Eduard, 1/48 scale
u m m a r y
||Eduard Kit No. 8433 - F6F-3 Hellcat Weekend Edition
|Contents and Media:
||84 sand coloured plastic parts on 4 sprues, 16 clear plastic parts on 1 sprue, 8 page A5 size instruction sheet, 2 decal sheets for one aircraft.
||USD$19.95 available online from Eduard
and hobby retailers worldwide
||Cleanly moulded parts, with a good level of interior and exterior detail. Options for an open or closed canopy.
||Full marks to Eduard for producing an excellent Hellcat
Reviewed by Simon Wolff
Eduard's 1/48 F6F-3 Hellcat Weekend Edition is available online from Squadron.com
The Hellcat was designed to replace the earlier Grumman fighter product, the Wildcat. Taking a mere eighteen months from the prototypes first flight to the type’s first combat. 12,274 Hellcats of all types were produced of which 4,403 were -3’s. The Hellcat alone claimed 5,156 enemy aircraft.
For a single engined 1/48 scale kit this is a large model in an appropriately large box. So what do you get? Well construction is fairly conventional with split fuselage halves, same with the wings and horizontal stabilisers (separate rudder part). The two stage radial engine is contained within a three part cowling (two side parts and front ‘ring’) while the cockpit is reasonably detailed with a floor, seat, dash couple of panels and rudder pedals. There are no seat belts indicated on the seat so you will need to make your own here. Also it looks like from the instructions that you will need to decide whether you are going to build your model with the centreline fuel tank or not as a slot needs to be cut open in the fuselage bottom to allow fitting of the fuel tank parts. Also the tail wheel and Perspex parts for the fuselage ‘windows’ need to be fitted before you join the fuselage halves. Eduard give you two canopy parts, one for if you want the canopy to be closed and one for if you want it displayed with the canopy in the open position.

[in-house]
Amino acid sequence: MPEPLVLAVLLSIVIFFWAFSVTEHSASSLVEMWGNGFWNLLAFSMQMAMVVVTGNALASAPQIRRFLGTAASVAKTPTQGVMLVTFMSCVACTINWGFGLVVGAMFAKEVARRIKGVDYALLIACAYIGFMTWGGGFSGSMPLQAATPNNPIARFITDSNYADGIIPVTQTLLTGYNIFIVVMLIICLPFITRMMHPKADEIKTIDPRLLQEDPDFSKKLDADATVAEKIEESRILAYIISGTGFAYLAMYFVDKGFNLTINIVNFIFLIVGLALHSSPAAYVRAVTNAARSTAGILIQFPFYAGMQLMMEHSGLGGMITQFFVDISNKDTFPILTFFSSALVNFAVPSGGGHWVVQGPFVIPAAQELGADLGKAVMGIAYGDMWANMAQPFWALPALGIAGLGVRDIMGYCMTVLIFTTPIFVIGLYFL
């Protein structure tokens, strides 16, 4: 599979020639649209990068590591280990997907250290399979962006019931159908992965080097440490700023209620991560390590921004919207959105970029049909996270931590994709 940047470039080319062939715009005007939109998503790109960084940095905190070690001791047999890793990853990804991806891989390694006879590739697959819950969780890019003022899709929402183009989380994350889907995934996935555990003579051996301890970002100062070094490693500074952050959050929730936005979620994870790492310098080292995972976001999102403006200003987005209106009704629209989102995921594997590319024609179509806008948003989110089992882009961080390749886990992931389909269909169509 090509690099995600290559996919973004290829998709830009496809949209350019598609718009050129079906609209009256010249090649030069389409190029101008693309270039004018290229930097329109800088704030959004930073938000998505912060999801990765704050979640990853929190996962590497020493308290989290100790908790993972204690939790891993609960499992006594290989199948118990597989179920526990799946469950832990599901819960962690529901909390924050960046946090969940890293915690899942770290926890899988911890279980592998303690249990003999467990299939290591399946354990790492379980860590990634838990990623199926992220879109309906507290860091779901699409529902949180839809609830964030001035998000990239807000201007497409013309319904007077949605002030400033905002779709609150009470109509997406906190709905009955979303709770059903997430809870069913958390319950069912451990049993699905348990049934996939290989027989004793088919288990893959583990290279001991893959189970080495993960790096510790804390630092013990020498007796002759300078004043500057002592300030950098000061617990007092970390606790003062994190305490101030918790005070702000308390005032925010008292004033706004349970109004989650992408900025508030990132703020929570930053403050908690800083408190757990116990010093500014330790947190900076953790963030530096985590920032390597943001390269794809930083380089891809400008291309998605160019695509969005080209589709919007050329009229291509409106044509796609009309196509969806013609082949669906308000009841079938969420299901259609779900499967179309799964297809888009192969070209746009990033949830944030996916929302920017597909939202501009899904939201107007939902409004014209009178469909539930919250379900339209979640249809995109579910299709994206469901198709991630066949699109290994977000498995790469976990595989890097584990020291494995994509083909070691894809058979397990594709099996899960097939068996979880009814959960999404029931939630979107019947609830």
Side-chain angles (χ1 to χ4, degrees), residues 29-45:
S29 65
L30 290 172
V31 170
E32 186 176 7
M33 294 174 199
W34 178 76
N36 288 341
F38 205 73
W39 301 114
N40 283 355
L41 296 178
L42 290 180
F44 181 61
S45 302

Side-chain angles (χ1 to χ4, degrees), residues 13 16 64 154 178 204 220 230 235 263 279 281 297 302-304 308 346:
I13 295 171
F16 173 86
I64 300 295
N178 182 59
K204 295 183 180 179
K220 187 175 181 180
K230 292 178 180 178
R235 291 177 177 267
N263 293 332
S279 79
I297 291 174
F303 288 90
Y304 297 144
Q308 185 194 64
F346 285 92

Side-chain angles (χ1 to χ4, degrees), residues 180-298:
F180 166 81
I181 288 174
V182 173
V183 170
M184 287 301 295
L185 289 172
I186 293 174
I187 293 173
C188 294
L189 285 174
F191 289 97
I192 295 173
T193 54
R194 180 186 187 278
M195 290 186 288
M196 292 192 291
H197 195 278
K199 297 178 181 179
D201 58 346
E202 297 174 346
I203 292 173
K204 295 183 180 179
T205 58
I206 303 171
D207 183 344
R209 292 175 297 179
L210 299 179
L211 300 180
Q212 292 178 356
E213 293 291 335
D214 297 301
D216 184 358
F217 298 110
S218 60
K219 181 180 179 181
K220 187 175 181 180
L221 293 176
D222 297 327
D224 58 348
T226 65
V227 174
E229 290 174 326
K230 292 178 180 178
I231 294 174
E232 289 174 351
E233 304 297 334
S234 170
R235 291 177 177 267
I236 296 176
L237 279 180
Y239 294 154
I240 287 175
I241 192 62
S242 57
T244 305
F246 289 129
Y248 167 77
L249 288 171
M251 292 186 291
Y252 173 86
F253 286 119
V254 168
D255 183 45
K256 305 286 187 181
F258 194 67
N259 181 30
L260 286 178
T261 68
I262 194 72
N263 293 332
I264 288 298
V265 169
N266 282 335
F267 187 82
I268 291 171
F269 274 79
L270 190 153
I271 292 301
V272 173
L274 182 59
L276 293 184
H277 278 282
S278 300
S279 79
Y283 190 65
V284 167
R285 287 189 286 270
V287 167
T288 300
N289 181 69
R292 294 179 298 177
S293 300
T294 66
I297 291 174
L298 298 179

The cockpit interior detail of the kit parts is quite reasonable, but for me the exterior parts look more impressive. Certainly the undercarriage and wheel bay detail is quite substantial and well detailed. As for the fuselage surface exterior this has what I can only describe as an armadillo like look to it in that the trailing edge of each vertical panel section is slightly raised more than the leading edge of the next (make sense?). I have no idea if this is the case with the actual aircraft or not certainly a weird sensation when running your fingers along the fuselage!
Something I have not seen before in any kit is the tyres are separate plastic parts (like a Polo mint) with the wheel hubs also moulded separately.. nice idea in that it will make painting the tyres a damned sight easier for those of us with a not very steady hand when it comes to painting the defining line between wheels and tyres.
All the kit parts are very nicely moulded with only very slight flash that will require some little tidying up. I have to say the level of detail on the kit parts is nothing short of marvellous.
As is usual in these Weekend Edition kits, markings for one aircraft are provided. This is a replacement aircraft flown by a Lt. Moseley from VF-1 of the USS Yorktown during the battle of the Philippine Sea in 1944. All looked in register and finely done with little very little decal film. Something else I have also not seen before is the upper wing stars and bars has a grey instead of a white background colour, not saying this wrong just not something I have seen before. The decals come in two sheets, a second sheet holds the major aircraft stencils and quite substantial they are! So be prepared to spend quite a bit of time applying the little things as there are heaps of them. While at first glance the tiny stencils merely look to be symbolic of the actual writing they are in fact legible under a magnifying glass.
There is also a host of unused parts including another two alternative parts for the cowling and front canopy, these may be for a -5 version but I can not be certain.
The instructions look quite clear and easy to follow, on the last page along with the black and white markings layout is a statement that full colour instructions are on wwww.eduard.com, have not had a look at this yet could be interesting.
In closing I can’t find anything obvious to fault this kit with, I think it is a lovely kit of the type and can definitely recommend it.
Thanks to Eduard for the sample
Review Text Copyright © 2009 by Simon Wolff
Page Created 2 June, 2009
18 June, 2009
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